Terminator Genisys review
2015 is the summer of the robot! We’ve had Ex Machina, Tomorrowland, and The Avengers: Age of Ultron which all had some from of robotics playing a huge part of the story. The inclusion of these machines are probably the easiest way to get a mainstream audience interested in science fiction without having to make the story way too fused with the genre. Not to mention that when they can take robots and cross them into other genres, then it shows that Hollywood studios are at least trying to do something different. Once such franchise is The Terminator series.
In 1984, James Cameron created The Terminator, which took elements of action, thriller and even a little horror to create a compelling story about a machine from the future going after a woman that would later become the mother of John Conner, savior of the future. A lot of this had to do with the casting of then unknown Arnold Schwarzenegger as the intimidating terminator. In 1991, Cameron returned to the series with Terminator 2: Judgment Day; it was bigger, more compelling and all around one of the greatest science fiction movies of all time. But once Cameron left, the other movies have failed to reach the same heights and have threatened to terminate the franchise. Terminator Genisys is both a sequel to the first two and a reboot.
In 2029, John Conner (played by Jason Clarke) is the leader of the resistance where he and Kyle Reese (played by Jai Courtney) are leading an attack on Skynet against the machines. They make it into the core, but are too late from stopping Skynet from sending a T-800 back in time to kill Sarah Conner (the same from the first movie). Conner decides to send Kyle back to save Sarah, but moments before he’s sent back, Kyle witnesses a machine attacking Conner.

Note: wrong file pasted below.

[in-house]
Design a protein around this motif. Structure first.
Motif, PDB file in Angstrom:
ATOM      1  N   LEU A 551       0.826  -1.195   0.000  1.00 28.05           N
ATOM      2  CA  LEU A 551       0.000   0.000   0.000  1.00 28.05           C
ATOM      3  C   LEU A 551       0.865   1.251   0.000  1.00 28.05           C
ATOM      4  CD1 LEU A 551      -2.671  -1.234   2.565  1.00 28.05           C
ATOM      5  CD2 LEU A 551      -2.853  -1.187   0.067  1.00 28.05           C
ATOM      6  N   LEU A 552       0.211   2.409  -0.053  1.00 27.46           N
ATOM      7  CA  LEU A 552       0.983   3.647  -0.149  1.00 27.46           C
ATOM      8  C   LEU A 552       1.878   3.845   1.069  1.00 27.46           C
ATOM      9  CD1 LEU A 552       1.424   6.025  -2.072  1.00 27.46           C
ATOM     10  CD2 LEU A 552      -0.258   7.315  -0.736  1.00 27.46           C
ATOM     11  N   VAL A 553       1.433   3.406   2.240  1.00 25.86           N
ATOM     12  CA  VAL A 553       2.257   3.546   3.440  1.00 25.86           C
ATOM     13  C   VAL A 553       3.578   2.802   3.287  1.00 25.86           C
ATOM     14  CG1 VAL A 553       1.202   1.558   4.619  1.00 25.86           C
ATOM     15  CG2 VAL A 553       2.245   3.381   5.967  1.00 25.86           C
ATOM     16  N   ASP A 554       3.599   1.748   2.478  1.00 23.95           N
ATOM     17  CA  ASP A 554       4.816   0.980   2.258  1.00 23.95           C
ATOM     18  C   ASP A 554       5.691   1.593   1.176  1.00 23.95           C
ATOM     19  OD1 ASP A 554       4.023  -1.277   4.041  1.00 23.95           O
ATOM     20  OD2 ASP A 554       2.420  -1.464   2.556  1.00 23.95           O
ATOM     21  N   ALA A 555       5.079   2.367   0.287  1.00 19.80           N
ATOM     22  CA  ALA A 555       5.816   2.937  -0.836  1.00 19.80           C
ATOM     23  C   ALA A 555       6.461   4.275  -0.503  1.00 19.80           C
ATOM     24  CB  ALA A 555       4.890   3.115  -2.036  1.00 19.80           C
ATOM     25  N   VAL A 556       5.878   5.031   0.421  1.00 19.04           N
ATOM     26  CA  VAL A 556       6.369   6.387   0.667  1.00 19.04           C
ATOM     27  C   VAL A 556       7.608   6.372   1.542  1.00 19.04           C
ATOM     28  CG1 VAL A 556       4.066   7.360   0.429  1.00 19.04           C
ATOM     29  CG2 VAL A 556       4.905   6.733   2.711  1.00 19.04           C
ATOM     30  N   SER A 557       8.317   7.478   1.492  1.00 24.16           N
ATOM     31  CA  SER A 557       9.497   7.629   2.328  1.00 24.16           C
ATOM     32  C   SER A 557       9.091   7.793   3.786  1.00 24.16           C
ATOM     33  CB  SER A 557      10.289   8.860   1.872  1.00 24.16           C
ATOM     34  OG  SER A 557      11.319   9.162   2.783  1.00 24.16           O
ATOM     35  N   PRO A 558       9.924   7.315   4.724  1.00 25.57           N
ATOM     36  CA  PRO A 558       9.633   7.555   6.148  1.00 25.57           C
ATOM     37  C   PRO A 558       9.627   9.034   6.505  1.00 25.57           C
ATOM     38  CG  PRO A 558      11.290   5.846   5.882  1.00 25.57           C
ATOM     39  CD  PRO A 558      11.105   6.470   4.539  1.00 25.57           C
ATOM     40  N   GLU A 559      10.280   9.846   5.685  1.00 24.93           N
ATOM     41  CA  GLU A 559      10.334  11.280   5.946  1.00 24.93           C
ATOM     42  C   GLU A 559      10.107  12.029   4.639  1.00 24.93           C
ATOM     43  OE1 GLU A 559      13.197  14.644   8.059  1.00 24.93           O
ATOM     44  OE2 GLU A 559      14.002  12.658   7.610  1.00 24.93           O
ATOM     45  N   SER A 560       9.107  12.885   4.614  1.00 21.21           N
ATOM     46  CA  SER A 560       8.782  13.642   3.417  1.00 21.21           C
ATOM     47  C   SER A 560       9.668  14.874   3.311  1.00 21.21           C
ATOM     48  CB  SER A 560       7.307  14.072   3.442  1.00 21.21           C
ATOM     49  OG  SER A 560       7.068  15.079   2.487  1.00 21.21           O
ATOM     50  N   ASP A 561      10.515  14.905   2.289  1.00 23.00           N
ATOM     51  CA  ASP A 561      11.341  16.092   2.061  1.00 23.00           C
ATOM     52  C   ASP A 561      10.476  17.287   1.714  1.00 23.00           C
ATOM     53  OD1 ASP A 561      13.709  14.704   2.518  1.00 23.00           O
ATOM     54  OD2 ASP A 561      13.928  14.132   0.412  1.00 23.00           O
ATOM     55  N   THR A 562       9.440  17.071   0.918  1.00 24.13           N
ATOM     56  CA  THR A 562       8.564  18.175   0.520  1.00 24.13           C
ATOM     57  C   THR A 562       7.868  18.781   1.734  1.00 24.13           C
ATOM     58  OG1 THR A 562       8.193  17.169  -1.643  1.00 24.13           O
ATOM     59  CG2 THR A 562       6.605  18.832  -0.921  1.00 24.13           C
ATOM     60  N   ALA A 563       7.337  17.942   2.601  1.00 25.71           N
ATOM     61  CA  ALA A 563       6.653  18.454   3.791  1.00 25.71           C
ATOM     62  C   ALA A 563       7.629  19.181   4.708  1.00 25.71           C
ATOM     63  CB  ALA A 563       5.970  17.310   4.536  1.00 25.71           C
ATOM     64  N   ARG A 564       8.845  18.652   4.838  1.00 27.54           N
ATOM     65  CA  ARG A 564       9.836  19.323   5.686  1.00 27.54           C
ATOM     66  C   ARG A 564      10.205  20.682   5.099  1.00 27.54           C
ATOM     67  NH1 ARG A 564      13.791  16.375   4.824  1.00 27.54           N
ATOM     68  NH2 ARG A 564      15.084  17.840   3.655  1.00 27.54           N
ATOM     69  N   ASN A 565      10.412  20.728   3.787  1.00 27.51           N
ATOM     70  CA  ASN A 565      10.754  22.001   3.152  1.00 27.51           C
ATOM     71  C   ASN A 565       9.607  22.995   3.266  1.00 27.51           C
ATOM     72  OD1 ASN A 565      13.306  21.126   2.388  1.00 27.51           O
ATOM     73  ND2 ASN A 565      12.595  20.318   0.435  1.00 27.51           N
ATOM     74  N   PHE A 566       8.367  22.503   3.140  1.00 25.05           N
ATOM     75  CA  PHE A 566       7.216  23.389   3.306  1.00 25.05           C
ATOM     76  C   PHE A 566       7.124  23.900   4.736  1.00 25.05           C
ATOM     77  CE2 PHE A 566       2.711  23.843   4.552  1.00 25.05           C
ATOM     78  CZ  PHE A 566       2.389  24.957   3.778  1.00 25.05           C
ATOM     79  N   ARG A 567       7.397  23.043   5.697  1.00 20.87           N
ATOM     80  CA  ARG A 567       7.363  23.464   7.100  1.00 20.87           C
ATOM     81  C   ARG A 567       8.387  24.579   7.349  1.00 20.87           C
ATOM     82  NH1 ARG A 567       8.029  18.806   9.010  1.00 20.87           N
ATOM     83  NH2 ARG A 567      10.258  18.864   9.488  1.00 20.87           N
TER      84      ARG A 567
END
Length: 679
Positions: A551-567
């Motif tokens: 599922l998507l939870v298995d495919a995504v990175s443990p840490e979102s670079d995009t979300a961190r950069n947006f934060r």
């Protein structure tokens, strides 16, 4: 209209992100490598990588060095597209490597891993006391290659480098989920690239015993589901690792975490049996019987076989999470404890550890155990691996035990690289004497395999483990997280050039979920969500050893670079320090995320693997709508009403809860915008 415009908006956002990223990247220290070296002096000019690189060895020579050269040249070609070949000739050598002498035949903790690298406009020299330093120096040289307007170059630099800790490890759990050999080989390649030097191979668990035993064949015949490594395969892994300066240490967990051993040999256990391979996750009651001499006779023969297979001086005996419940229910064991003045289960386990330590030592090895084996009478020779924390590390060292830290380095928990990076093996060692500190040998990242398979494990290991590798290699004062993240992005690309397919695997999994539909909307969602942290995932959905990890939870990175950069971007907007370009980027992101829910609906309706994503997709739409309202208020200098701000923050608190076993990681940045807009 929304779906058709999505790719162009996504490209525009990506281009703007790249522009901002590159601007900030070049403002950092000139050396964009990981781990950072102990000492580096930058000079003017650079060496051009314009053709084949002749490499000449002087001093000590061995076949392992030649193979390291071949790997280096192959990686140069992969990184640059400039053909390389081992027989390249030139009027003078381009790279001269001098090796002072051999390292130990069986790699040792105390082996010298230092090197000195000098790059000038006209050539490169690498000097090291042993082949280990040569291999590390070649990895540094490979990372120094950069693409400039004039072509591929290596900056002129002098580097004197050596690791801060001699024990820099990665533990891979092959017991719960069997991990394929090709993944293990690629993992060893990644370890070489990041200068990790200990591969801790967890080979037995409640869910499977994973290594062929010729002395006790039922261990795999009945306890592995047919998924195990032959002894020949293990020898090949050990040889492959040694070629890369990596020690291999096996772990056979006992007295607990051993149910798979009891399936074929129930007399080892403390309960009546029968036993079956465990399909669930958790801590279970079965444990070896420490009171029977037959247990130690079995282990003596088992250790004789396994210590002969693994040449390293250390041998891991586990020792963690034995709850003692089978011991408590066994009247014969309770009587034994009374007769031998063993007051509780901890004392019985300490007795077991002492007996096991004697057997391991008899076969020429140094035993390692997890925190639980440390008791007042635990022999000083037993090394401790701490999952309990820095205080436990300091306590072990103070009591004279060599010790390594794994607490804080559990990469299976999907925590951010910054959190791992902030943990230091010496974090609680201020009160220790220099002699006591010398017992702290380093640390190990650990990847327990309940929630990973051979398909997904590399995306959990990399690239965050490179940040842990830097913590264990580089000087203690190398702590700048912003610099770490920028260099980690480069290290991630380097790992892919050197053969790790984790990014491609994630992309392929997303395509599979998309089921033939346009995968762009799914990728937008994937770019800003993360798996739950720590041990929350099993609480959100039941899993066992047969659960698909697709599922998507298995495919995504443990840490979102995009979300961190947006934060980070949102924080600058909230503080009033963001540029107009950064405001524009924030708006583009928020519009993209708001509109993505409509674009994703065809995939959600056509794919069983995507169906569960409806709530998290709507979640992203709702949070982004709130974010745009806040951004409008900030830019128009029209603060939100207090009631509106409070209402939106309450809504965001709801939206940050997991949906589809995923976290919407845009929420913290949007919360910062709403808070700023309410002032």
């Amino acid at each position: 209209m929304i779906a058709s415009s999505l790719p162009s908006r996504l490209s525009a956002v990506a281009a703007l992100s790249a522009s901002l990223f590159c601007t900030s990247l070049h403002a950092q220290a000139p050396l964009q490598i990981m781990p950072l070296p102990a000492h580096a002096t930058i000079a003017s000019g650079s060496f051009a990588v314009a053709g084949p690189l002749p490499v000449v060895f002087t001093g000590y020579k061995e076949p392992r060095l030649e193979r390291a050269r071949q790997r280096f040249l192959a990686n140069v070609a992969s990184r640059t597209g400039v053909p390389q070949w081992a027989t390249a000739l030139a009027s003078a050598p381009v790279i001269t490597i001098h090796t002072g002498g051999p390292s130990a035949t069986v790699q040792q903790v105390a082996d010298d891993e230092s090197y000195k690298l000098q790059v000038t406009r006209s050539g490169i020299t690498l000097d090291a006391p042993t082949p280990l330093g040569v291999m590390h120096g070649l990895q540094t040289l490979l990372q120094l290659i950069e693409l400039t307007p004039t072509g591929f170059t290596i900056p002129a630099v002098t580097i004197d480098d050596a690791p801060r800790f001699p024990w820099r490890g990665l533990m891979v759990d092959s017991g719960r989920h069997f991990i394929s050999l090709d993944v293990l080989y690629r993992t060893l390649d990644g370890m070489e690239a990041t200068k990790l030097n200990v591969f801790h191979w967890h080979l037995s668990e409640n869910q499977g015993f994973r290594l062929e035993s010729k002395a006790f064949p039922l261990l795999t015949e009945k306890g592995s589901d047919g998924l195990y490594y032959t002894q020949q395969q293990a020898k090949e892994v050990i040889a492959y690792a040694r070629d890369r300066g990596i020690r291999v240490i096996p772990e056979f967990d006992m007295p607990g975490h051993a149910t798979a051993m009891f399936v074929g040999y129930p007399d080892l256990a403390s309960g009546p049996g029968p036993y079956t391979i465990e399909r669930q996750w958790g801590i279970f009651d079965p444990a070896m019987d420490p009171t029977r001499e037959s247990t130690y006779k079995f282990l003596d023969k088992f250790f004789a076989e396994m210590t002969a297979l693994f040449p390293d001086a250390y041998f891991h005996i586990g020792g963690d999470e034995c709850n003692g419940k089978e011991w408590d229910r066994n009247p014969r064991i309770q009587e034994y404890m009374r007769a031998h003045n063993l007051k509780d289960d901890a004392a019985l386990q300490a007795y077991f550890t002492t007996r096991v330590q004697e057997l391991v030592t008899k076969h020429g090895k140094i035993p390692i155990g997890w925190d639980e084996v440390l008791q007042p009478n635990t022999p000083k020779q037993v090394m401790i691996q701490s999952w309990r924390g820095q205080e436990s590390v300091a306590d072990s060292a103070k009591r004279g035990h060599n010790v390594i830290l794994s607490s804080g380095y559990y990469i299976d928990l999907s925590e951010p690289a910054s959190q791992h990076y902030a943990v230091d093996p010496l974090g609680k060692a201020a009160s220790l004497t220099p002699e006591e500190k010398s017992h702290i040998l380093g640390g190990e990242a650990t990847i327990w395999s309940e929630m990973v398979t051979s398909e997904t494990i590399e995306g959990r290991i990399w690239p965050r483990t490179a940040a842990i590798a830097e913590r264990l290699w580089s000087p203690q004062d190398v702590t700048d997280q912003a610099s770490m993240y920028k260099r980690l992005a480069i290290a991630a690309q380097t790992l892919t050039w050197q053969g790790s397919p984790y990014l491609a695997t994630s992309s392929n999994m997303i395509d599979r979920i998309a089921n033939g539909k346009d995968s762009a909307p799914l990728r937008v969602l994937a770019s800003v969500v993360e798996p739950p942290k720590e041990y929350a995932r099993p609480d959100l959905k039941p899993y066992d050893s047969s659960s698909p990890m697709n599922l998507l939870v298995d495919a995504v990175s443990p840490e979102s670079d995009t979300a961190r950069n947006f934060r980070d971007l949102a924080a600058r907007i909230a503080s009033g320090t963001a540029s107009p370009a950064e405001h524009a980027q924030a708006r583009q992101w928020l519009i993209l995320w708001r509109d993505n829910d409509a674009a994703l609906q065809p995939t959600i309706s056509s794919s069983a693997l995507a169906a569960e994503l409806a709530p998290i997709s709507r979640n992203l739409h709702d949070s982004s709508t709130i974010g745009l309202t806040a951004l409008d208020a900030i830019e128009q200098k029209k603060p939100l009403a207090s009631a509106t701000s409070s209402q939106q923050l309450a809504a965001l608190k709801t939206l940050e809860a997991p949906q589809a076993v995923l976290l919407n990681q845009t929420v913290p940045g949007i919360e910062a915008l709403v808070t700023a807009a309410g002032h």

Now in 1984, Kyle finds a different Sarah Conner (played by Emilia Clarke) then he was told to expect; instead of an innocent waitress, he finds a trained warrior whose already been made aware of judgment day and the machines. The timeline was alerted when another T-800 (played by Arnold Schwarzenegger) was sent to protect her as a child. The reveal that they’ve already taken care of the bad terminator and they will continue to stop Skynet. Through newly acquired memories from the new timeline, Kyle reveals that judgment day is now in 2017. Sarah and Kyle are sent there by another time machine where they hope to work with an aged terminator to prevent judgment day from happening.
Terminator Genisys is certainly an ambitious story, attempting to wipe away the slate clean while keeping it’s roots from the earlier movies. The final effect leads to a movie that had my head spinning, trying to figure out the new timeline. It’s not the most confusing, but it seems like that they story doesn’t care about time paradoxes and conflictions.
As far as the acting is concerned, it’s descent. I finally found a movie that Jai Courtney’s tolerable in, even though he doesn’t look like the original actor. Emilia Clarke makes for a good Sarah Conner, being both as tough as Linda Hamilton was in the second movie. Schwarzenegger is always fun to see as the stone face robot. It’s not surprising, but it’s fun.
What is lacking is the action and emotional story. I’m not seeing much of an evolution of character as they are more or less, running from one location to another to stop Skynet, which is an unfortunate retread of the second movie. The action itself is standard blockbuster action, nothing bad, but nowhere near the level that James Cameron brought before.
I’ll give this three T-800s out of five. If you look at Terminator Genisys on it’s own, it’s more or less likely something you’d watch on a rainy Saturday afternoon at the most. But as a part of the once grand franchise, perhaps we should terminate this before it’s too late.